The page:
Model by MEAKIT43 1/43
1962 Tojeiro EE Endurance (Le Mans, 1962: For the race itself, the car started 26th with British drivers Tommy Dickson and Jack Fairman taking turns at the wheel. By the end of the first hour, they had worked up to 17th and continued to run in mid-pack. After running well for eight hours, the gearbox seized at White House, ending their race. It would be the last time the original Ecurie Ecosse team would run at Le Mans. After, plans were made for the cars to be fitted with new Buick small alloy block V8 engines and Corvair transmissions. The second chassis was so equipped, and its tuned engine produced 228 bhp. Run in national and club races in 1963, a young Jackie Stewart took the cars only win at Charterhall before it was destroyed in a crash by Doug Graham at Snetterton.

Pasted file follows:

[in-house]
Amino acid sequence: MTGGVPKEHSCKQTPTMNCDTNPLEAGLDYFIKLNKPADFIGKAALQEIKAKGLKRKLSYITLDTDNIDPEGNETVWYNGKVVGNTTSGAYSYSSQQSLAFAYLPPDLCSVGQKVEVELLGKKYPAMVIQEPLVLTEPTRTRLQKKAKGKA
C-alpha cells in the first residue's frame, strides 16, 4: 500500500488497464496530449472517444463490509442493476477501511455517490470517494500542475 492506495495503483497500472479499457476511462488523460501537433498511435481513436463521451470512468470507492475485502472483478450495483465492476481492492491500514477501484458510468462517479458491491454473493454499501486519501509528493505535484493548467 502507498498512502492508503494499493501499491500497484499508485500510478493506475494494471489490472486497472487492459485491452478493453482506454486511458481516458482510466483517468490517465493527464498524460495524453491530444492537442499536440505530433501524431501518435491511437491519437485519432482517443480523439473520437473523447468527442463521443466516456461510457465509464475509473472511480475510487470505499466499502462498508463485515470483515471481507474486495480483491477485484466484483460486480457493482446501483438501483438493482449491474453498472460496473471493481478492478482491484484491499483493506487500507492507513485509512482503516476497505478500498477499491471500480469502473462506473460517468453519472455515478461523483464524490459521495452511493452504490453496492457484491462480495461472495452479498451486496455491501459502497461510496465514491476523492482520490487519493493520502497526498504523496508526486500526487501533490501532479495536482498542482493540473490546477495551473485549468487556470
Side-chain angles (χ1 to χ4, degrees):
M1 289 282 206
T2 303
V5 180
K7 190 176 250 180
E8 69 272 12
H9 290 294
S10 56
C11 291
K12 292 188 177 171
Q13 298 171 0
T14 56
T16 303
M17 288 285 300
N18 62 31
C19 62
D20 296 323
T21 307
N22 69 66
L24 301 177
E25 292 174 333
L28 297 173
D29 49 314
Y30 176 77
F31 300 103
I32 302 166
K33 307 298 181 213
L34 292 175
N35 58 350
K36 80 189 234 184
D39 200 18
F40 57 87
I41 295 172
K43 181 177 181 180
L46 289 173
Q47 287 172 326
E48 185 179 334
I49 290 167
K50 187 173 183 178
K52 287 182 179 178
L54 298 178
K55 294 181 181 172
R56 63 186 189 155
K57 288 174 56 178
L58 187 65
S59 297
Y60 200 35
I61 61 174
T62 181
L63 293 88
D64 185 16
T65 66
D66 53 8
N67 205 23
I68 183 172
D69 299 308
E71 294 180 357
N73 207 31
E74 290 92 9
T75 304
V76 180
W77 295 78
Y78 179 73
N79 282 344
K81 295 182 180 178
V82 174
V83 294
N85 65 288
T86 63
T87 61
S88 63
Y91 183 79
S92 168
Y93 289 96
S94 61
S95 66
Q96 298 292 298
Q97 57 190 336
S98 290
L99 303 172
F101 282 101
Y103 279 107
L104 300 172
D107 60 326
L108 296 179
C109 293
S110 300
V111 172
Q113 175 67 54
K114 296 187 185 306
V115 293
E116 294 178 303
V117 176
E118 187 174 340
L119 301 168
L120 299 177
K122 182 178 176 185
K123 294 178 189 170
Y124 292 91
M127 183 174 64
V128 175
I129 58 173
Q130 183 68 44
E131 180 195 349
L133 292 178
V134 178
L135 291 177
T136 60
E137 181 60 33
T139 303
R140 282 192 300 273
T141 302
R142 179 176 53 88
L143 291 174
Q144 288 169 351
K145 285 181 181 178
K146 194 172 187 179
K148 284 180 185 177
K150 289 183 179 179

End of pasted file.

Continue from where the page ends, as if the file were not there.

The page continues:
Model by MEAKIT43 1/43
1962 Tojeiro EE Endurance (Le Mans, 1962: The first chassis and Le Mans car was eventually converted to Buick power as well. Jackie Stewart had several good results in the car, winning at Snetterton and setting the GT lap record at Oulton Park. In 1964, the car was equipped with a 4.7L Ford V8 engine, which is how its equipped today. It was driven by Stewart and John Coundley , where if it didn't retire, it finished in the top three places. Briefly, the car was converted to an open sports racer in 1966, where it was reported to handle very well and was leading a race at Silverstone before it suffered rear end failure. A major crash with Bill Stein at the wheel at Brands Hatch ended its racing career. The car was reunited with its original roof and fully restored in 1993, after having been owned by current Ecosse patron Hugh McCaig. It is a regular at vintage racing events such as Goodwood Revival, where it has continued its winning ways.